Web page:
Dear Rajasthan Education Minister, did Newton drink gaumutra as well?
January 9, 2018
Make no mistake: the next big sci fi book coming out from India will come from members of the Bharatiya Janata Party (BJP). This statement, of course, will not bode well with the emerging market for new speculative fiction writers from India, but what can our lovely writers do when they are faced with such stiff opposition from the BJP?
Narendra Modi, the Prime Minister of our country, had already made excellent pitches that the publishing industry (already rattled because of injunctions coming their way, courtesy Baba Ramdev), has ignored. He had suggested that we already had pushpak vimans in India. How dare we read about the Wright brothers in school textbooks? This was, of course, followed by his next book of haiku, tentatively titled “Climate change/ my dear/ is in your head” (Please ignore the syllable count).
Taking cue from his life source, aka our Prime Minister, Vasudev Devani, the Rajasthan Education Minister has said that Newton did not discover gravitation, Brahmagupta did, 1000 years ago. I have two problems with this. Why do the BJP and the RSS only focus on round numbers? Brahmagupta II might well have discovered gravitation 1001 years ago. For my second reservation, consider this statement of his:
Abhi mai teen chaar din pehle padh raha tha, ki Newton ka… gurtwakarshan ka niyam kisne kiya? To bataya ki Newton ne kiya, maine bhi padha, aapne bhi padha. Gehrai me jayenge, to Brahmagupta Dwitiya ne usse ek hazar saal pehle is gurutwakarshan ka niyam diya tha (A few days ago, I was reading about Newton…who came up with the law of gravitation? Newton did, this is what I read, you read. If you delve deeper, Bramhagupta the second had given us this rule a thousand years before Newton).
Now, if you are the education minister who is 70 years of age, I would expect you to have read about Newton a little earlier in life, not two to three days before a programme celebrating 72 years of the foundation of Rajasthan University. This is not the first time, though, that the Rajasthan Minister has been inspired by the Prime Minister. Earlier, he had declared cow exhale oxygen. Quick question for you sir: when we fart, what gas is it that makes the smell pungent?
Needless to say, what is worrying is the fact that such statements are not made in private, and his wisdom is not confined to the members of his family. Students of a state university have to keep up with such nonsense. No wonder you are led to a sign that says “Page not Found” when you want visit the university’s website and wish to take an “Overview” of the university.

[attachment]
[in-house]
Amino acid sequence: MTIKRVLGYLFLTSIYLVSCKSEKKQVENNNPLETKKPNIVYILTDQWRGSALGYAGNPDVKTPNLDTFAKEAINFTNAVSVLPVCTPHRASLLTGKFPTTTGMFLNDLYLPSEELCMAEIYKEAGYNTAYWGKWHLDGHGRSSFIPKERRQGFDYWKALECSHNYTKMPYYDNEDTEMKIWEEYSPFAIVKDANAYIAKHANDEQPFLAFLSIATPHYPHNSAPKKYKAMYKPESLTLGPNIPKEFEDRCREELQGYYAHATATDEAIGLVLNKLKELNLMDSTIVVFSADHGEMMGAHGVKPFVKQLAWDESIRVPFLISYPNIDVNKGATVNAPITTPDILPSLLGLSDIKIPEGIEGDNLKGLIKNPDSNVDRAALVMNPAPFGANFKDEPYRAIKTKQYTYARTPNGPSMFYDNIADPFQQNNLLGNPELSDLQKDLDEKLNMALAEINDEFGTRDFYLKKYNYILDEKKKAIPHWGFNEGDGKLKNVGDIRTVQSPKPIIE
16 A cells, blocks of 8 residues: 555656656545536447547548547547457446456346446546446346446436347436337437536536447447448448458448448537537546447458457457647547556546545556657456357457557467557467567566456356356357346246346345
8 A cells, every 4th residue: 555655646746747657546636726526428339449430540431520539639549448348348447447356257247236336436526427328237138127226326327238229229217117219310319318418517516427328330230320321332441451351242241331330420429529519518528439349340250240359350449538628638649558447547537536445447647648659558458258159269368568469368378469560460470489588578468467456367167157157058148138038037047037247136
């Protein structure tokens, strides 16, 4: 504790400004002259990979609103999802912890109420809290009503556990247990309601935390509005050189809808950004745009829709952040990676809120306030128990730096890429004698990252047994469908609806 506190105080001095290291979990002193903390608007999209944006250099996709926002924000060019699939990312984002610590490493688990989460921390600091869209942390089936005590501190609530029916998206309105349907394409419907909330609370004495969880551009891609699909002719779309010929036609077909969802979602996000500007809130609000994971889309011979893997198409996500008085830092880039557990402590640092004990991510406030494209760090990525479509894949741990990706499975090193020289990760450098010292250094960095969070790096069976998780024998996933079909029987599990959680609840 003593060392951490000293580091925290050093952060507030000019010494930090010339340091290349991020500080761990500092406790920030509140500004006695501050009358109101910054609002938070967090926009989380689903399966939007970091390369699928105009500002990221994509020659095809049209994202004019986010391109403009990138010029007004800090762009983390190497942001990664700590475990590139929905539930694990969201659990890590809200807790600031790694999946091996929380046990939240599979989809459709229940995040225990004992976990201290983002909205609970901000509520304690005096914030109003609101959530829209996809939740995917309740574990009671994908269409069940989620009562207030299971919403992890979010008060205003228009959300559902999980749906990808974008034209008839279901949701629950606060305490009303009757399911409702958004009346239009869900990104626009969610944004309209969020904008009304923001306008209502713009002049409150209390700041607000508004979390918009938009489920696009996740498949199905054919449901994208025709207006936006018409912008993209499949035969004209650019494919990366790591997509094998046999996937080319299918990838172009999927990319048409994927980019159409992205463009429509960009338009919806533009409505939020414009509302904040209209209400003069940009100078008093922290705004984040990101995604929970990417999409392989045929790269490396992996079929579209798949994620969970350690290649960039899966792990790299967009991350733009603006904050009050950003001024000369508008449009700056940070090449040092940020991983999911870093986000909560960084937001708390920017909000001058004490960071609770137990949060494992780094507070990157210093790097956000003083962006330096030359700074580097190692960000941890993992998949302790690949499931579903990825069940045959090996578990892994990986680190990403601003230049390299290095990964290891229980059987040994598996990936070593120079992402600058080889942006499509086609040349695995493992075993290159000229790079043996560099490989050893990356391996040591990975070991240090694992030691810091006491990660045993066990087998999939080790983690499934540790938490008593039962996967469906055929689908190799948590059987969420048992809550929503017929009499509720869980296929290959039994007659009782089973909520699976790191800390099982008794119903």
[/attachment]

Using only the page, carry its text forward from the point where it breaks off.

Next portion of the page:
What would the view look like if, in a room full of students and teachers, such comments are made? Bleak, my friend, very bleak.
On a more serious note (please note that all the above points were also made very, very seriously), this makes a mockery of the struggle our unversities went through to give quality, affordable education to its citizens. If we dig up the history of colonial education, and the subsequent transition into post colonial educational institues, we will realise the immense investment in education in Jawaharlal Nehru’s vision of a modern India.
Our constitution says that developing a “scientific temper” is one of our fundamental duties. Not only that, this Brainpickings article gives an introductory look into the relationship between Rabindranath Tagore and Albert Einstein. The relationship between India’s tryst with modernity in general, and Einstein in particular, went far deeper. Two young professors at the University of Calcutta, Satyendra Nath Bose and Meghnad Saha, translated Einstein’s book on relativity from the original German, into English for the first time, anywhere in the world. Published by Calcutta University in 1920, it was titled The Principle of Relativity. Original Papers by A. Einstein and H. Minkowski, translated into English by M.N. Saha and S.N. Bose with a historical introduction by P.C. Mahalanobis.
As Bose’s grandson writes in his blog:
It is generally accepted, although not commonly known, that this publication was the first English translation from the original German of these famous papers — anywhere in the world. When I first learned this fact it struck me as remarkable that two young Lecturers of Physics and Applied Mathematics — Saha was 26 years old and Bose 25 — both entirely self-taught in physics, located in the far outskirts of the British Empire, a colonised people living under colonial rule, with very little access to the latest scientific publications coming out of Europe, were cognisant enough of the happenings in the world of science to embark on such a task in 1919-20.
Meanwhile, it is 2018 – almost a hundred years since Bose and Saha’s stupendous achievement, and more than 70 years since we gained independence from our colonial rulers.
If some good soul in heaven tells Newton of this history, he will probably throw an apple, either at Brahmagupta II, or at Vasudev Devani.
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